Spontaneous CCSFs are usually related to abnormal communications between dural branches of the internal and external carotid arteries and the cavernous sinus. Ocular manifestations result from transmission of elevated venous pressure from the cavernous sinus to the orbit via the superior ophthalmic vein and its tributaries. Dilated episcleral and conjunctival vessels, proptosis, and increased IOP due to elevated episcleral venous pressure are characteristic findings. Venous stasis within the vortex veins leading to choroidal transudation is the proposed mechanism of choroidal detachment in CCSFs. We speculate that fragile, engorged long posterior ciliary veins may have ruptured during the evolution of a choroidal detachment and resulted in the suprachoroidal hemorrhage. Choroidal detachments may anteriorly rotate the ciliary body, shallowing the anterior chamber. In this patient, further angle closure was prevented by drainage of the suprachoroidal space. Spontaneous CCSFs often present characteristically, although the clinical appearance of low-flow fistulas may be subtle. Choroidal detachment and secondary angle closure are uncommon findings, but may be explained by the underlying hemodynamic abnormality.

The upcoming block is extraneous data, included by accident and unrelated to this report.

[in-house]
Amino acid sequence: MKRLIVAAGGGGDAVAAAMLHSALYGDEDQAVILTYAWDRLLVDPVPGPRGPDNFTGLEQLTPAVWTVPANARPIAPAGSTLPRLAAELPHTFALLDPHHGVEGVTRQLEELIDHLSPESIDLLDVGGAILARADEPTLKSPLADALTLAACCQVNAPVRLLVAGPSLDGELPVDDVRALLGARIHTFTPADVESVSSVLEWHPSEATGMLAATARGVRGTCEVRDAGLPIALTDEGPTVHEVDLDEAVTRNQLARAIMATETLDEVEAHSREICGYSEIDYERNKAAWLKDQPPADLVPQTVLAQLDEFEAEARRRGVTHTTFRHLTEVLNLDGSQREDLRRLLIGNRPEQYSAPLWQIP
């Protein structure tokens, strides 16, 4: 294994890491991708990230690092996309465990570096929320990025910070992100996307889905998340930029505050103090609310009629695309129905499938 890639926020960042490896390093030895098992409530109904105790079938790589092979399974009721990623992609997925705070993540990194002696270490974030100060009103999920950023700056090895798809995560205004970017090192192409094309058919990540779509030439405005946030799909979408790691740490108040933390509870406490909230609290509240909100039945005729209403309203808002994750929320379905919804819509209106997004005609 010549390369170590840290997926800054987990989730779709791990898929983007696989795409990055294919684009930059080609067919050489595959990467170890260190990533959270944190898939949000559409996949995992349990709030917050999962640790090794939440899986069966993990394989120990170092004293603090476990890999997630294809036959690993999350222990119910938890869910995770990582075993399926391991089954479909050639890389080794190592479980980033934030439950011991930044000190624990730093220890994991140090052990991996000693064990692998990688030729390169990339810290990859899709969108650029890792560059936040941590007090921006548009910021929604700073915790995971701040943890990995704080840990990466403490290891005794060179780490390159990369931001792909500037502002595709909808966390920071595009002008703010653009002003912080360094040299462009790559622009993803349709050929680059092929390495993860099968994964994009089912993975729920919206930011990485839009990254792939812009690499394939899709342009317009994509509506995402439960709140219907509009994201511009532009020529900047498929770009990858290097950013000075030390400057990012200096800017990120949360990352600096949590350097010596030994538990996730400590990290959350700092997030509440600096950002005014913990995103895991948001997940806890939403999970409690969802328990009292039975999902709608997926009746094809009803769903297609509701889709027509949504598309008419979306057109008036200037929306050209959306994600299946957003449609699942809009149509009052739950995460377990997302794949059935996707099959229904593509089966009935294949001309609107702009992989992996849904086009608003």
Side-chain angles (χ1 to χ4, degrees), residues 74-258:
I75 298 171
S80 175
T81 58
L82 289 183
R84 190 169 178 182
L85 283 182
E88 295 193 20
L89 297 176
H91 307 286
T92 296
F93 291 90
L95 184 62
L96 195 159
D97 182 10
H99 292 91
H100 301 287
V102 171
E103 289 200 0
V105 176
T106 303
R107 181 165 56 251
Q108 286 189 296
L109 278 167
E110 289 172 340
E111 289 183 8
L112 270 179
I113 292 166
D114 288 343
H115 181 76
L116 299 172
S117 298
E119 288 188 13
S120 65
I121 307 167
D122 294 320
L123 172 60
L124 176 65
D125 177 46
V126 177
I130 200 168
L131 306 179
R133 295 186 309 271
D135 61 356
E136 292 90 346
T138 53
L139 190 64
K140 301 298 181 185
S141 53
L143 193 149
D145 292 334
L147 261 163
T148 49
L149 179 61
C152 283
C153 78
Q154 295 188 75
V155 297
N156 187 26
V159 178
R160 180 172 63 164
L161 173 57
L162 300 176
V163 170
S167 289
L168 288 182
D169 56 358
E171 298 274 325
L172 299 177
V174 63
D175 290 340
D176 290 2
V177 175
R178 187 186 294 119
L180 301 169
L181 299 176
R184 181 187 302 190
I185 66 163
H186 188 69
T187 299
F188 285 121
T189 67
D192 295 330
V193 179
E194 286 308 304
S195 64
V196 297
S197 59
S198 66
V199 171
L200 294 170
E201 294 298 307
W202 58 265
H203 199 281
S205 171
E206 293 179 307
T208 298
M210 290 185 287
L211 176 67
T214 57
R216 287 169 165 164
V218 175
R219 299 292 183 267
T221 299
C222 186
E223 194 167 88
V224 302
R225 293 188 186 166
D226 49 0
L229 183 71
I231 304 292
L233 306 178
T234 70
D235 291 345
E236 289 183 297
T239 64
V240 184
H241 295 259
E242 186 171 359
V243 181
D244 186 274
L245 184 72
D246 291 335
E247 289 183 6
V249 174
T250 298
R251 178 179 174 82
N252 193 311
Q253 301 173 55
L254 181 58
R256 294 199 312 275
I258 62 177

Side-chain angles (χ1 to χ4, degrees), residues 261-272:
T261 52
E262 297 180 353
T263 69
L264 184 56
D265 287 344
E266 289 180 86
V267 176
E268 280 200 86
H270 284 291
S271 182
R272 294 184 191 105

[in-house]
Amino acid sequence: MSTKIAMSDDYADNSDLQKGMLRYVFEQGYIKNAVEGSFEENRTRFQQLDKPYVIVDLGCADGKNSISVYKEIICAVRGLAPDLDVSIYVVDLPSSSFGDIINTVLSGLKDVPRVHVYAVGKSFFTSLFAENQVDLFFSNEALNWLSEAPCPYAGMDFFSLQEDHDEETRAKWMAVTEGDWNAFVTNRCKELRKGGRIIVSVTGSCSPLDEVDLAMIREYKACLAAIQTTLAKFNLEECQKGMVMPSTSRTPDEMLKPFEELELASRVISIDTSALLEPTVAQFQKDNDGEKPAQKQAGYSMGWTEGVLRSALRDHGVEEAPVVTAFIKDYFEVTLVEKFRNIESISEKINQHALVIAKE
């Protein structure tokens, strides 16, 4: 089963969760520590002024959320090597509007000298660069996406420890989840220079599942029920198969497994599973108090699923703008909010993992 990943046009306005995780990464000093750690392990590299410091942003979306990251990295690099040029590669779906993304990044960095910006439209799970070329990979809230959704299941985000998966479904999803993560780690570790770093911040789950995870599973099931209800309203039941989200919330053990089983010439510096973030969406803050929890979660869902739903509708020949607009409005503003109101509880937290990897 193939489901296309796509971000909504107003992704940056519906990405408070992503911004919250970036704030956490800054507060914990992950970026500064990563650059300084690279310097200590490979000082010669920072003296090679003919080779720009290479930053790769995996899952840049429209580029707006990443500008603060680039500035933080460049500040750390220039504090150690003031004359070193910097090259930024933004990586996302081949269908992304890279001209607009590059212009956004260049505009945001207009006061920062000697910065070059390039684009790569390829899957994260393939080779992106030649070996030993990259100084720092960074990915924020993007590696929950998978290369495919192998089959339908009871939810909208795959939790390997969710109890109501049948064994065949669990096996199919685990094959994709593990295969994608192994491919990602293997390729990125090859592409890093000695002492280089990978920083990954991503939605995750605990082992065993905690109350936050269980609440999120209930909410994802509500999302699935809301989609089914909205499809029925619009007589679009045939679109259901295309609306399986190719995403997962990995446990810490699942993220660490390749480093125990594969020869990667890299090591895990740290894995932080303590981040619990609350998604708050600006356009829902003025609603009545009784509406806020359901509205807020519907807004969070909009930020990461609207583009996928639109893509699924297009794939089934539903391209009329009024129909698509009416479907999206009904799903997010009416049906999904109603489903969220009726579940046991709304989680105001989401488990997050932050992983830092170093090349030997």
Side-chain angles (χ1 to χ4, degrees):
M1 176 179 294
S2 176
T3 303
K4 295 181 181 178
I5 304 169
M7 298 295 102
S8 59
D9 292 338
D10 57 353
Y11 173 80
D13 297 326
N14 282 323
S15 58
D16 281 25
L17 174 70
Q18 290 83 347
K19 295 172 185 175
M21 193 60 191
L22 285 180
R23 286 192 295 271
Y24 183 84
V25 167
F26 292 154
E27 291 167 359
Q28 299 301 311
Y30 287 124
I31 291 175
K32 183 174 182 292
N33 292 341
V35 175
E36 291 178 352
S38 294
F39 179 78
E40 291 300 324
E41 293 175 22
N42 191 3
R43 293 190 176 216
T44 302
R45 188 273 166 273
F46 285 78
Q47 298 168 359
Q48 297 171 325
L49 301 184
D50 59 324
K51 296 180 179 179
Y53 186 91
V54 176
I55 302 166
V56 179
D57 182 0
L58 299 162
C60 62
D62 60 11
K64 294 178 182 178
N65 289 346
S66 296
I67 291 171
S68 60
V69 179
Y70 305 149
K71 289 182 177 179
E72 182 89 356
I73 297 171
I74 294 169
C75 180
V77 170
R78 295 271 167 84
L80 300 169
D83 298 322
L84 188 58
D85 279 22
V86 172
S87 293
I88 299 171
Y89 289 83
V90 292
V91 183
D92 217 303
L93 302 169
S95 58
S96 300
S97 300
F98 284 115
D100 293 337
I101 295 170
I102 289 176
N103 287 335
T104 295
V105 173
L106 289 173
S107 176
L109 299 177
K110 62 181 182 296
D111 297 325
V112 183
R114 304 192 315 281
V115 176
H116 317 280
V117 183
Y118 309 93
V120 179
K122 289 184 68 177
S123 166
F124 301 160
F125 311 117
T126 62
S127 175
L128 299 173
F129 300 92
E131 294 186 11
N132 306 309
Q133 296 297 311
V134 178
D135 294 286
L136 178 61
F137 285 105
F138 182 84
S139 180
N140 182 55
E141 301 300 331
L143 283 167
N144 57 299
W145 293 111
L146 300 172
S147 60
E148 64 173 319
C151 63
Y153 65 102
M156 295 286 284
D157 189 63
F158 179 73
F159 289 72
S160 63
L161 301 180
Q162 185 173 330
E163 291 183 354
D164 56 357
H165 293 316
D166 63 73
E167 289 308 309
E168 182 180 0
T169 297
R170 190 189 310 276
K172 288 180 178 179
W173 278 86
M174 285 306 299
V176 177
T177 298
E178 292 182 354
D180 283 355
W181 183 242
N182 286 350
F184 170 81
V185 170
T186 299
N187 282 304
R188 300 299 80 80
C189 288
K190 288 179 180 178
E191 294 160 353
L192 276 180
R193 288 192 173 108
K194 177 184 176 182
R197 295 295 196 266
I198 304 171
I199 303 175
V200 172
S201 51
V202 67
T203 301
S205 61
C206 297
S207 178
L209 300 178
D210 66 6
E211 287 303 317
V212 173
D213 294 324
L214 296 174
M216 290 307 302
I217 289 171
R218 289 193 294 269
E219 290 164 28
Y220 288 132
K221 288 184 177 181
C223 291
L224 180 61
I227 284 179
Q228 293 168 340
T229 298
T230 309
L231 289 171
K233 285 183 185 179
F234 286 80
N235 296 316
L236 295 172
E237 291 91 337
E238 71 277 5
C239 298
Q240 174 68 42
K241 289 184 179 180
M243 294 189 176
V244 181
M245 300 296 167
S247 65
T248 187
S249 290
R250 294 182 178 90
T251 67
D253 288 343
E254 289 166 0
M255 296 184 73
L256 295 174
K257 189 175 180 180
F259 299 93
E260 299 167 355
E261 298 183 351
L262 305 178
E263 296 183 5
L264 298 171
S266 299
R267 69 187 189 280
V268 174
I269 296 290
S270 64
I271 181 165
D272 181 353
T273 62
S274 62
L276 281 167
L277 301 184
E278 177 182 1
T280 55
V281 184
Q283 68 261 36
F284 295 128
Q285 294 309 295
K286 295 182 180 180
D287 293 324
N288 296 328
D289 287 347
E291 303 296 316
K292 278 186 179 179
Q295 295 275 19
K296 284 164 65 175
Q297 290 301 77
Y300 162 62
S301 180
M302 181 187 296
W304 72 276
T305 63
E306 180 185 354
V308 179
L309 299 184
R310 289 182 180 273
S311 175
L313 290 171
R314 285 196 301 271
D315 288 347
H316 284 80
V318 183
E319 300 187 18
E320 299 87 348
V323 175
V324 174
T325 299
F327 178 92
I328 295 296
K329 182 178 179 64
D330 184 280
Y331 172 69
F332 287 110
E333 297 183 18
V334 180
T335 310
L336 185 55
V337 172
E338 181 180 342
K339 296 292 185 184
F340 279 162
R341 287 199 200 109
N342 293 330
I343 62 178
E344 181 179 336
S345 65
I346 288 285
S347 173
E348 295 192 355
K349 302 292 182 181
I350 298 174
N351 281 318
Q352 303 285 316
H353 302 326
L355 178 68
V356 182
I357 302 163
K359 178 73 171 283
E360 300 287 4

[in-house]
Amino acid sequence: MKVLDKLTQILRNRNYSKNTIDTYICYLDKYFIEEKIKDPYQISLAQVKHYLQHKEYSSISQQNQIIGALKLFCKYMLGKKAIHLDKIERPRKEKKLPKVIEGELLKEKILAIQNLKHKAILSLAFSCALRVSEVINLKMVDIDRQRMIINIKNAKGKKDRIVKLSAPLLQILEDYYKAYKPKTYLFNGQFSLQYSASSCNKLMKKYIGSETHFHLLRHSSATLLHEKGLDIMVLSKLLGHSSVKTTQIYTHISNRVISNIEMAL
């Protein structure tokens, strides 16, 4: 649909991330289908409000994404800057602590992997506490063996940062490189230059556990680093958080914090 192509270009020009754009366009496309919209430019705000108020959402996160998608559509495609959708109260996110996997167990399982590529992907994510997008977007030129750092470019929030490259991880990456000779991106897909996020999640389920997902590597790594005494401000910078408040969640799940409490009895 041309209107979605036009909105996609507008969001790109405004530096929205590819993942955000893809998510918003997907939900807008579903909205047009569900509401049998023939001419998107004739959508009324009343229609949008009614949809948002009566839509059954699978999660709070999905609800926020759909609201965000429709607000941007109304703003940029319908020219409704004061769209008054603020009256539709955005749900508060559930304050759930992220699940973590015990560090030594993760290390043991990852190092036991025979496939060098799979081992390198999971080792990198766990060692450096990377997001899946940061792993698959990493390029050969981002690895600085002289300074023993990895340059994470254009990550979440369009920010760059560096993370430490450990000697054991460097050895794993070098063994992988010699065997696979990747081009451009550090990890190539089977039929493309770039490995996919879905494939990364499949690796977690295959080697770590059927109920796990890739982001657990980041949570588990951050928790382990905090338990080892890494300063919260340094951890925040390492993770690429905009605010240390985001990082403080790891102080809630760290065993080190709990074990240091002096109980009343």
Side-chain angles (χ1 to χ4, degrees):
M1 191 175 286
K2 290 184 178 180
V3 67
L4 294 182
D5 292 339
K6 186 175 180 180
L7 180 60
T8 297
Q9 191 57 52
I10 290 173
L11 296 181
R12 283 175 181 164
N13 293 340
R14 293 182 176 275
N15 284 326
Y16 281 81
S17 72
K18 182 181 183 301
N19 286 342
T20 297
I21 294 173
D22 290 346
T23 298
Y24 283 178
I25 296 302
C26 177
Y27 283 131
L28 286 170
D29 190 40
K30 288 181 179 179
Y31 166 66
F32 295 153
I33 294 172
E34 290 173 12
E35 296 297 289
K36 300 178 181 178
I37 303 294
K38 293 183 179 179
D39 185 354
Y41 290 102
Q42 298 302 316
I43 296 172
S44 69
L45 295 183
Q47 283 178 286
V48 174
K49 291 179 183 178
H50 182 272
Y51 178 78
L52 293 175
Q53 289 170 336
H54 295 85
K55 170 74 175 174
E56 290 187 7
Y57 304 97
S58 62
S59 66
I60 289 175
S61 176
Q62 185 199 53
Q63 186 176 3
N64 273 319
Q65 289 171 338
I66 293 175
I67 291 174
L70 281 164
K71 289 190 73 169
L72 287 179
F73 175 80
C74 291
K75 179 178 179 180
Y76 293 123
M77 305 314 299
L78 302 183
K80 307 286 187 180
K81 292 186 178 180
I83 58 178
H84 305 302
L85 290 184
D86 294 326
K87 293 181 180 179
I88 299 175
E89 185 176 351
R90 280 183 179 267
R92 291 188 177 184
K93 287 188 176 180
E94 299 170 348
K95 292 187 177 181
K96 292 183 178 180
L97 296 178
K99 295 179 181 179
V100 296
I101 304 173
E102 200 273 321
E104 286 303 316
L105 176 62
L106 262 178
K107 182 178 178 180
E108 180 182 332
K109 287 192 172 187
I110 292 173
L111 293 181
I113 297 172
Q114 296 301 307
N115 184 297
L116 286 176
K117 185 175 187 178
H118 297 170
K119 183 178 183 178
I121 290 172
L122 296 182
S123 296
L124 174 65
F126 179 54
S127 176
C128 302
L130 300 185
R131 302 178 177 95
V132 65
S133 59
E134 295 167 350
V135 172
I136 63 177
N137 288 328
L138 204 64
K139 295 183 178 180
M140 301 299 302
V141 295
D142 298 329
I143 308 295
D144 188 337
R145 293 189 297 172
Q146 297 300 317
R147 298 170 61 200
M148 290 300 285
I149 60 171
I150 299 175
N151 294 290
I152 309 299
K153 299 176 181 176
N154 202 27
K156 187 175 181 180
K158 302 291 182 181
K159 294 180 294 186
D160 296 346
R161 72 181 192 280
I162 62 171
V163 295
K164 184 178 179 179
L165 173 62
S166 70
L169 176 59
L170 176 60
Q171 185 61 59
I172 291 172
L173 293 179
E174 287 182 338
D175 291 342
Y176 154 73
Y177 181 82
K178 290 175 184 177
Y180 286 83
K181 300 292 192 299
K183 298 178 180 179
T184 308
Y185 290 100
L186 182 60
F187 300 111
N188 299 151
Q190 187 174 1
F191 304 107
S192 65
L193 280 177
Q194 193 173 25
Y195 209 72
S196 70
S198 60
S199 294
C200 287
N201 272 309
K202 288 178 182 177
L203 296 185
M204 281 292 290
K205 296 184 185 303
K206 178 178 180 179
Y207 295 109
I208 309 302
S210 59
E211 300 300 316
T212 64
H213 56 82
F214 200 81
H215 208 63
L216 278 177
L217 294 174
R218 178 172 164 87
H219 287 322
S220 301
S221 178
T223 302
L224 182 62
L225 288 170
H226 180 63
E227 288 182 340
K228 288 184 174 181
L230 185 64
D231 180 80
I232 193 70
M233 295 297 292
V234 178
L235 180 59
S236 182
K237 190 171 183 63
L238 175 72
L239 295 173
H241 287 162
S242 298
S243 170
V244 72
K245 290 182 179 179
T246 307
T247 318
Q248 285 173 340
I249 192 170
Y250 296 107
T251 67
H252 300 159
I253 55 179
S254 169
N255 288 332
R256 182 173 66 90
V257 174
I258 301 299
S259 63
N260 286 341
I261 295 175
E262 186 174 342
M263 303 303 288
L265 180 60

|Original language||English (US)|
|Number of pages||2|
|Journal||Archives of ophthalmology|
|State||Published - Apr 1989|
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